Hartford, Conn. ARCHBISHOP DANIEL CRONIN
Since arriving from the Fall River, Mass., diocese in 1992, he has kept at least four accused priests in Hartford. The archdiocese knew about two complaints against the Rev. Louis Paturzo, but he remained on duty until May, when he admitted molesting young boys and resigned from his job at a middle school. Both incidents happened in the 1970s, when he was a church deacon; he joined the priesthood in 1981. Father Paturzo was first accused in 1993, but was allowed to continue working after state police could not prove the allegations and psychiatrists said he posed no threat to children. Archbishop Cronin also was aware of allegations against the Rev. Peter Zizka long before he was placed on leave in 1999. The priest was ordered to undergo treatment in 1993; two years later he was accused in lawsuits of fondling and having intercourse with two teenage girls who had sought his counseling in the 1970s. A third woman sued in 1997. Father Zizka denied the allegations. Archbishop Cronin refused in March to name two other priests kept on the job despite abuse complaints.
Allentown, Pa. BISHOP EDWARD CULLEN
Until February, he let four priests work despite decades-old allegations, which were detailed in their personnel files, that they had sexually abused children. He dismissed the men as the Boston clergy scandal brought pressure on dioceses nationwide to reassess their handling of molestation cases. Bishop Cullen initially refused to tell a prosecutor the priests’ names or the parishes they served because, he said, the statute of limitations had expired. He relented in May, when four other prosecutors joined the call for disclosure.
Oakland, Calif. BISHOP JOHN CUMMINS Until this spring, the longtime bishop kept the Rev. Robert Freitas on the job despite accusations made in 1985 that the priest molested two teen-age boys, one of whom was paid a settlement. Bishop Cummins halted Father Freitas’ chaplain duties at a retirement home for nuns in April after police filed criminal charges against the priest. A third victim recently told police that the priest had repeatedly fondled his genitals and performed oral sex on him while he was a teenage church volunteer in 1979 and the early 1980s. The victim helped police secretly record a confession from Father Freitas, but the priest has pleaded not guilty to the molestation. When the first two victims took their allegations to the diocese in 1985, church officials investigated, then suspended Father Freitas and ordered him into treatment. The church did not forward either boy’s claim to authorities. After counseling, Father Freitas was assigned to a desk job at an Oakland charity that helps AIDS patients. Years later, at his request, the diocese let him return to ministry as a chaplain. For several years, he also lived in the rectory of church with a school.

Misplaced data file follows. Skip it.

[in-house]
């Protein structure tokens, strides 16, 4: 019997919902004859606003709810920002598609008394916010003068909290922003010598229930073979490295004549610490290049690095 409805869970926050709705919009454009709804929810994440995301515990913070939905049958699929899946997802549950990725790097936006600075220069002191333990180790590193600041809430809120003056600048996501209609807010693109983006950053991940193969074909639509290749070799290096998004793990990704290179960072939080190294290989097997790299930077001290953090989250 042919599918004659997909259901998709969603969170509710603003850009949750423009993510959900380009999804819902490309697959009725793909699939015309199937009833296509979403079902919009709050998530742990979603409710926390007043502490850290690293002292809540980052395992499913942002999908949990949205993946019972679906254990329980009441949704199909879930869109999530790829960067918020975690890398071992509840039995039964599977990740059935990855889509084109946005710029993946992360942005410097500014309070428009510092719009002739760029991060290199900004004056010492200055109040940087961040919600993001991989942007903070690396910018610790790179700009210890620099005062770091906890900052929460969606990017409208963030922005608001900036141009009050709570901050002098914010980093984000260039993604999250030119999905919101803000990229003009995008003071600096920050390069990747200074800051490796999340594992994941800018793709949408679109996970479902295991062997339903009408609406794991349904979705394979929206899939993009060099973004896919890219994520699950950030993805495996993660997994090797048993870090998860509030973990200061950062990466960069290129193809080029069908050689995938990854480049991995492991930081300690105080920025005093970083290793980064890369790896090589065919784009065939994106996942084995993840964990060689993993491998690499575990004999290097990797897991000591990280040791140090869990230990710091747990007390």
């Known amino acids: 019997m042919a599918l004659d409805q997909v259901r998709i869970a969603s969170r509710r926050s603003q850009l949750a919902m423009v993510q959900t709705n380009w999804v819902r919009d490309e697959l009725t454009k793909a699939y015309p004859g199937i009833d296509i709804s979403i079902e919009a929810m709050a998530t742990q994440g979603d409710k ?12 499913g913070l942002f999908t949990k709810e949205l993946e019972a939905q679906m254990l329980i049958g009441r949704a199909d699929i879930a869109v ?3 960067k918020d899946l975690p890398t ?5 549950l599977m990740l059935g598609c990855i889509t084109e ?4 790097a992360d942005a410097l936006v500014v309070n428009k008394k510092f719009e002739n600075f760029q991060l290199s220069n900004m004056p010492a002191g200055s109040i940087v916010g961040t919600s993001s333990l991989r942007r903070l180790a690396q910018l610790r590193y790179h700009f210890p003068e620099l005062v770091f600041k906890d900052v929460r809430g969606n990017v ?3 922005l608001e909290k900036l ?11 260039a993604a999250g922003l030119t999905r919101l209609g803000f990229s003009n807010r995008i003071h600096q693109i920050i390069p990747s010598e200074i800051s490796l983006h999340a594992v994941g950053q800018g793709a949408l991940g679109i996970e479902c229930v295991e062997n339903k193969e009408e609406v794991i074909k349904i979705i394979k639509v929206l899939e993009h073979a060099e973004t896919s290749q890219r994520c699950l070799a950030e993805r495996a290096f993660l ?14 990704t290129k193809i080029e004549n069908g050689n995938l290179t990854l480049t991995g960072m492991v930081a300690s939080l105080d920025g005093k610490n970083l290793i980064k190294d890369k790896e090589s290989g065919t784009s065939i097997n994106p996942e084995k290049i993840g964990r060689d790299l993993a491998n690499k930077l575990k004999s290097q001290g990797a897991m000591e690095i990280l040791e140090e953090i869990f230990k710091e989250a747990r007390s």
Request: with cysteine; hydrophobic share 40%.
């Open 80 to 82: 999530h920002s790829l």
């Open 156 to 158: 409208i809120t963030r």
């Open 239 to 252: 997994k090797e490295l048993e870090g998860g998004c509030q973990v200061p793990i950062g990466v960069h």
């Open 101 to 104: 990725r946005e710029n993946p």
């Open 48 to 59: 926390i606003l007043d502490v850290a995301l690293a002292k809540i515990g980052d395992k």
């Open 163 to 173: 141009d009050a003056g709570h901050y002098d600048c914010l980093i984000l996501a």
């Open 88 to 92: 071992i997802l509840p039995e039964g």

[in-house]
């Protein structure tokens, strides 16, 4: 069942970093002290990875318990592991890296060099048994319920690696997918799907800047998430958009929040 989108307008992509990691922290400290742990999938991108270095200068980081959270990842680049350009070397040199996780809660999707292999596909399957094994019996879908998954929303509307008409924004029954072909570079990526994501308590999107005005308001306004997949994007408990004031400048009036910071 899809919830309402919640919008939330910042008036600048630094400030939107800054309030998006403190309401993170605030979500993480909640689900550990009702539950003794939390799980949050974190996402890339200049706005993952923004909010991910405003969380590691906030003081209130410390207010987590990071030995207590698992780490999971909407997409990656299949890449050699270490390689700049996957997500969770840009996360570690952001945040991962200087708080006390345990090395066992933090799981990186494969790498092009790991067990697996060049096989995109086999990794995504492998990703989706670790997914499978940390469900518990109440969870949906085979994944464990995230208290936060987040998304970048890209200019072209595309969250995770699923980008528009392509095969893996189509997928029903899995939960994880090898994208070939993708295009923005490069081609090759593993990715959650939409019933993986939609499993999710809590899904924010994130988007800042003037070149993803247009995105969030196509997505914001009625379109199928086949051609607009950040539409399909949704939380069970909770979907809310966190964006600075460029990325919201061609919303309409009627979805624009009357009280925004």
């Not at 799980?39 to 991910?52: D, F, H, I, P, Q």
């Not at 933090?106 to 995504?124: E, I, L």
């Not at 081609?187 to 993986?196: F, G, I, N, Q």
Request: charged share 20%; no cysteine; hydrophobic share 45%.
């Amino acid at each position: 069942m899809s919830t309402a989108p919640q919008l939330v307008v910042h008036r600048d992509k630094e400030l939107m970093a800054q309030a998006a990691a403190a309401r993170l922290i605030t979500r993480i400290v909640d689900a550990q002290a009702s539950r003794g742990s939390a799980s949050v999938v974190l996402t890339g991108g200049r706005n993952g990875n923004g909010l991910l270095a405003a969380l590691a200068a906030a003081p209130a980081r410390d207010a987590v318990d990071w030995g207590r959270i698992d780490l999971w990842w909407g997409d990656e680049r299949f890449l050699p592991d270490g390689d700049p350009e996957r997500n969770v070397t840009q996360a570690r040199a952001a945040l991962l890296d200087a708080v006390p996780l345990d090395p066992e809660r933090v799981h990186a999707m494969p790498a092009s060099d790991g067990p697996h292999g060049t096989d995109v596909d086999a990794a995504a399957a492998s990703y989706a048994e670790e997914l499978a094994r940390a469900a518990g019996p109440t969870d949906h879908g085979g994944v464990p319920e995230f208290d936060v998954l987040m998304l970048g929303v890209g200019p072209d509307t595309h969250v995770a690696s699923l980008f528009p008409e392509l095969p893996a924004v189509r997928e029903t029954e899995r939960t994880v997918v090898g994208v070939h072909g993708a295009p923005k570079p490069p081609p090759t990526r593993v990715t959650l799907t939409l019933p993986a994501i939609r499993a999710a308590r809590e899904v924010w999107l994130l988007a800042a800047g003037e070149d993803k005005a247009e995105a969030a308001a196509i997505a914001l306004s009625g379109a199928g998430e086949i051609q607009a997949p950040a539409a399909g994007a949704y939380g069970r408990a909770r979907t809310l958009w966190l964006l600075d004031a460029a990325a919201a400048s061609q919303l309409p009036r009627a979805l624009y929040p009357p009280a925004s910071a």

Charlotte, N.C. BISHOP WILLIAM CURLIN
In March, he said that he had “zero tolerance for child sex abuse,” that the only Catholic clergy-abuse case he knew about in the area occurred more than 50 years ago and that the diocese had never sent money to another diocese to settle a molestation claim. A month later, however, a local newspaper showed that Bishop Curlin had reassigned the Rev. Damion Lynch in 1997 after paying a settlement to one victim’s family. The bishop then acknowledged that Father Lynch had told him in 1995 of an “indiscretion” involving the boy and had undergone psychological testing. The priest was removed from ministry in 1998 after the victim’s parents sued, alleging that another son had also been abused. In 2000, Bishop Curlin wrote a reference letter for the Rev. Richard Farwell - who was seeking a job with a Catholic charity in South Florida - even though the previous year Father Farwell had been accused of molesting a child two decades earlier. The bishop wrote the recommendation after the diocese determined the allegation was not credible, a spokeswoman said. The allegation was recently reiterated, and Bishop Curlin suspended Father Farwell, who was fired from the charity.
Omaha, Neb. ARCHBISHOP ELDEN CURTISS